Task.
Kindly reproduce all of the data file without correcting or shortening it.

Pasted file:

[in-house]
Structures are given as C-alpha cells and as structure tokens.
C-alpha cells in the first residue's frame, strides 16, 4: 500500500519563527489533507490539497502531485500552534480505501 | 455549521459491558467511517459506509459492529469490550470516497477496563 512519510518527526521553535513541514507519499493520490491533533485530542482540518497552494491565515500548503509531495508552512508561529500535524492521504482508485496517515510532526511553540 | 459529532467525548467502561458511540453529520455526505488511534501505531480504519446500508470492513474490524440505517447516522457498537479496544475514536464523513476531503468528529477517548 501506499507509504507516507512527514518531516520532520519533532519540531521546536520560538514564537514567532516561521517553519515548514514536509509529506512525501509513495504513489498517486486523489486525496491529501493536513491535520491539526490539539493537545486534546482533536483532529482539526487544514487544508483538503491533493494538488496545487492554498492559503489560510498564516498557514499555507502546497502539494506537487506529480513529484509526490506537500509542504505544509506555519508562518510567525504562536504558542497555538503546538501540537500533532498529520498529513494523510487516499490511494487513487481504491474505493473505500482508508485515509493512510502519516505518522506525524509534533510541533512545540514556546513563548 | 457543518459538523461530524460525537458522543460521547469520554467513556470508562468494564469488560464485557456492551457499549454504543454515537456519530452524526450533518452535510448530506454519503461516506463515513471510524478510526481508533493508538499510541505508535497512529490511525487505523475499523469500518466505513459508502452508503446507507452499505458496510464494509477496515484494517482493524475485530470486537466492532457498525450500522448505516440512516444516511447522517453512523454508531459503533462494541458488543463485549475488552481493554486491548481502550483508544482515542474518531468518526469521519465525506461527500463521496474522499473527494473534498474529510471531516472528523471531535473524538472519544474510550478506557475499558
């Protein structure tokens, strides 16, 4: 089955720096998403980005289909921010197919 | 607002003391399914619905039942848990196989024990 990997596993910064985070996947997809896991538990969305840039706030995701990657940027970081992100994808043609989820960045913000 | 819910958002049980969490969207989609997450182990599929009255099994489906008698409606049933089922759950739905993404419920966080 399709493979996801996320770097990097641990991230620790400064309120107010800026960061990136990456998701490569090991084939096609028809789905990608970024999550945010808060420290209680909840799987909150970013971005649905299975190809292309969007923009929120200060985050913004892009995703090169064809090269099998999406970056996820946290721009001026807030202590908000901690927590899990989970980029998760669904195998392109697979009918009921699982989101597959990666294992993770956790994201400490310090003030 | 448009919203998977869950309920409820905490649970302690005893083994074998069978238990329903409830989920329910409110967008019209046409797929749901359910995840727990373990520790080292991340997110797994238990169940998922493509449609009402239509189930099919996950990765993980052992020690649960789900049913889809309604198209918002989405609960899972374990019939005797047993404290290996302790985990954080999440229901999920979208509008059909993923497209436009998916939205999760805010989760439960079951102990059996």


[in-house]
Structures are given as C-alpha cells and as structure tokens.
C-alpha cells in the first residue's frame, strides 16, 4: 500500500519563527489533507490539497502531485500552534480505501 | 455549521459491558467511517459506509459492529469490550470516497477496563 512519510518527526521553535513541514507519499493520490491533533485530542482540518497552494491565515500548503509531495508552512508561529500535524492521504482508485496517515510532526511553540 | 459529532467525548467502561458511540453529520455526505488511534501505531480504519446500508470492513474490524440505517447516522457498537479496544475514536464523513476531503468528529477517548 501506499507509504507516507512527514518531516520532520519533532519540531521546536520560538514564537514567532516561521517553519515548514514536509509529506512525501509513495504513489498517486486523489486525496491529501493536513491535520491539526490539539493537545486534546482533536483532529482539526487544514487544508483538503491533493494538488496545487492554498492559503489560510498564516498557514499555507502546497502539494506537487506529480513529484509526490506537500509542504505544509506555519508562518510567525504562536504558542497555538503546538501540537500533532498529520498529513494523510487516499490511494487513487481504491474505493473505500482508508485515509493512510502519516505518522506525524509534533510541533512545540514556546513563548 | 457543518459538523461530524460525537458522543460521547469520554467513556470508562468494564469488560464485557456492551457499549454504543454515537456519530452524526450533518452535510448530506454519503461516506463515513471510524478510526481508533493508538499510541505508535497512529490511525487505523475499523469500518466505513459508502452508503446507507452499505458496510464494509477496515484494517482493524475485530470486537466492532457498525450500522448505516440512516444516511447522517453512523454508531459503533462494541458488543463485549475488552481493554486491548481502550483508544482515542474518531468518526469521519465525506461527500463521496474522499473527494473534498474529510471531516472528523471531535473524538472519544474510550478506557475499558
């Protein structure tokens, strides 16, 4: 089955720096998403980005289909921010197919 | 607002003391399914619905039942848990196989024990 990997596993910064985070996947997809896991538990969305840039706030995701990657940027970081992100994808043609989820960045913000 | 819910958002049980969490969207989609997450182990599929009255099994489906008698409606049933089922759950739905993404419920966080 399709493979996801996320770097990097641990991230620790400064309120107010800026960061990136990456998701490569090991084939096609028809789905990608970024999550945010808060420290209680909840799987909150970013971005649905299975190809292309969007923009929120200060985050913004892009995703090169064809090269099998999406970056996820946290721009001026807030202590908000901690927590899990989970980029998760669904195998392109697979009918009921699982989101597959990666294992993770956790994201400490310090003030 | 448009919203998977869950309920409820905490649970302690005893083994074998069978238990329903409830989920329910409110967008019209046409797929749901359910995840727990373990520790080292991340997110797994238990169940998922493509449609009402239509189930099919996950990765993980052992020690649960789900049913889809309604198209918002989405609960899972374990019939005797047993404290290996302790985990954080999440229901999920979208509008059909993923497209436009998916939205999760805010989760439960079951102990059996």